As a renter, it’s imperative to understand the most significant state and federal laws that affect your rights and responsibilities. You can be a better and more informed tenant by knowing these laws. This can help you have a better experience and avoid issues with your landlord from this day on. These are some of the most important laws you should know about as a renter:
- Warranty of Habitability. Although it goes by different names in different states, generally implied warranty of habitability laws is state laws designed to guarantee that your rental unit is livable. In most states, this means the rental home meets certain minimum standards for things like heat, water, and electricity.
- Choosing a Tenant. State and federal laws give landlords the right to choose their tenants. But the laws also mandate that a landlord’s decision must be based on creditworthiness, income, or past history. They can’t turn down rent from someone due to their skin color, religion, sexual orientation, familial status, and disability.
- Fair Housing Act. The Fair Housing Act is a federal law that prevents landlords from discriminating against tenants based on protected characteristics such as race, religion, gender, national origin, and disability. This law was enacted in 1968 and permitted renters who think they have been discriminated against because of one or more of these characteristics to file a complaint with the U.S. Department of Housing and Urban Development (HUD), regardless of which state they live in.
- Limiting the Number of Children. Under the Fair Housing Act, a landlord cannot refuse to rent to a tenant because of how many children the tenant has. According to the law, a landlord cannot prohibit children from using outdoor or common areas.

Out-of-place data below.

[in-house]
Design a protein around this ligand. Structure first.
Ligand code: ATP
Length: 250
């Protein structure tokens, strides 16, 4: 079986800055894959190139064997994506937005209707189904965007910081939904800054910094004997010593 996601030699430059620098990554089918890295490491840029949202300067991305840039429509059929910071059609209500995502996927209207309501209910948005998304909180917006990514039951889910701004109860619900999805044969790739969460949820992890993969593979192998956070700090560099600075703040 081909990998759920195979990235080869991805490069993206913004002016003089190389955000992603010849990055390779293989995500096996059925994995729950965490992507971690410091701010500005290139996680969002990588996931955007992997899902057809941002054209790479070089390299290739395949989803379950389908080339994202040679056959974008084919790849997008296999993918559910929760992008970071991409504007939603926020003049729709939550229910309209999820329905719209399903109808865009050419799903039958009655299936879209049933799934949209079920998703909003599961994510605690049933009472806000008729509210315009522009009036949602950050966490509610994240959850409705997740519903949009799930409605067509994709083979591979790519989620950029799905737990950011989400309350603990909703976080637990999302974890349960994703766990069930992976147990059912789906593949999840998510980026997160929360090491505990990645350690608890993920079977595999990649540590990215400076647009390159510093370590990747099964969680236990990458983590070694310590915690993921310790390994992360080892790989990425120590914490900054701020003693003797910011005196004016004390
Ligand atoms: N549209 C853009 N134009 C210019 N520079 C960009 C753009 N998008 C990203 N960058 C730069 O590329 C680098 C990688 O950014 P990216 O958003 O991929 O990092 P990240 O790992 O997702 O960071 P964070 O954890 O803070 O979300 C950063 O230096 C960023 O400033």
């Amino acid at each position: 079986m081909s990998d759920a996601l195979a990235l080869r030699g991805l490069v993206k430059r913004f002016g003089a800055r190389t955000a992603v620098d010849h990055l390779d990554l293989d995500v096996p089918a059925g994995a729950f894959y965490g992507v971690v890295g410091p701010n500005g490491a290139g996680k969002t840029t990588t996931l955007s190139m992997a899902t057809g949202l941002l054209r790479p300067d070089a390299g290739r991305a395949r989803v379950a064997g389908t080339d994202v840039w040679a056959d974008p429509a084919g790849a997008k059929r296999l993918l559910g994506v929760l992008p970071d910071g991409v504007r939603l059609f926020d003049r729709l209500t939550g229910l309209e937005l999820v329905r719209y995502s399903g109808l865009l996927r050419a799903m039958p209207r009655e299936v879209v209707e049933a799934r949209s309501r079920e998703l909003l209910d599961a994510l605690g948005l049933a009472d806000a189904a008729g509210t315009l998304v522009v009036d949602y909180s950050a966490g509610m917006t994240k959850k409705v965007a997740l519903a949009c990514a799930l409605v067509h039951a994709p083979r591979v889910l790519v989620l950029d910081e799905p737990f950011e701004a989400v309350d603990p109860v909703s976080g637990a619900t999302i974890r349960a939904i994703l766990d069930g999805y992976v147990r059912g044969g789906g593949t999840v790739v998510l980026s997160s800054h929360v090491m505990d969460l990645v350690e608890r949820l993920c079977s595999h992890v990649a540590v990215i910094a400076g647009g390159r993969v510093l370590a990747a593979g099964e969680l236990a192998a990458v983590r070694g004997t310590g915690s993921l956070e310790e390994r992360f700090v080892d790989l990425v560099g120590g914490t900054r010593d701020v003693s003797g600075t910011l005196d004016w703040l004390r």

- Service Animals. Under federal laws like the Americans with Disabilities Act, service animals are considered a reasonable accommodation, and landlords cannot just refuse them. They also can’t charge an additional pet fee or increase the rent because you have a service animal. Then again, landlords can require that a service animal is vaccinated, licensed, and registered according to all state and local laws.
- Discriminatory Advertising. HUD’s federal Fair Housing Act also states that landlords cannot use discrimination in their advertisement of a rental property. For example, publishing an ad stating that the landlord will not rent to single adults, people of a certain age, or won’t allow wheelchairs are all examples of discriminatory advertising.
- Security Deposits. There are laws regarding how a Middleton property manager must handle your security deposit. In most cases, the law allows a landlord to collect and then hold your deposit and potentially use it to complete repairs if you are negligent and damage something while living in the house. There are federal limits set on how much a landlord can charge for a security deposit – that is also determined by state law.
- Illegal Lockouts. While there is no one federal law that makes locking out a tenant unauthorized, laws in every state have the legal eviction process that makes locking a tenant out of their rental house an unlawful act. Eviction is a legal process that must be conducted correctly, or the landlord risks having the court rule in the tenant’s favor.
If you’re looking for a Middleton rental home and property manager that is familiar with and adheres to all tenant-landlord laws in Idaho, Real Property Management Nampa is the one to call. Browse our listings online to find your next rental home!
We are pledged to the letter and spirit of U.S. policy for the achievement of equal housing opportunity throughout the Nation. See Equal Housing Opportunity Statement for more information.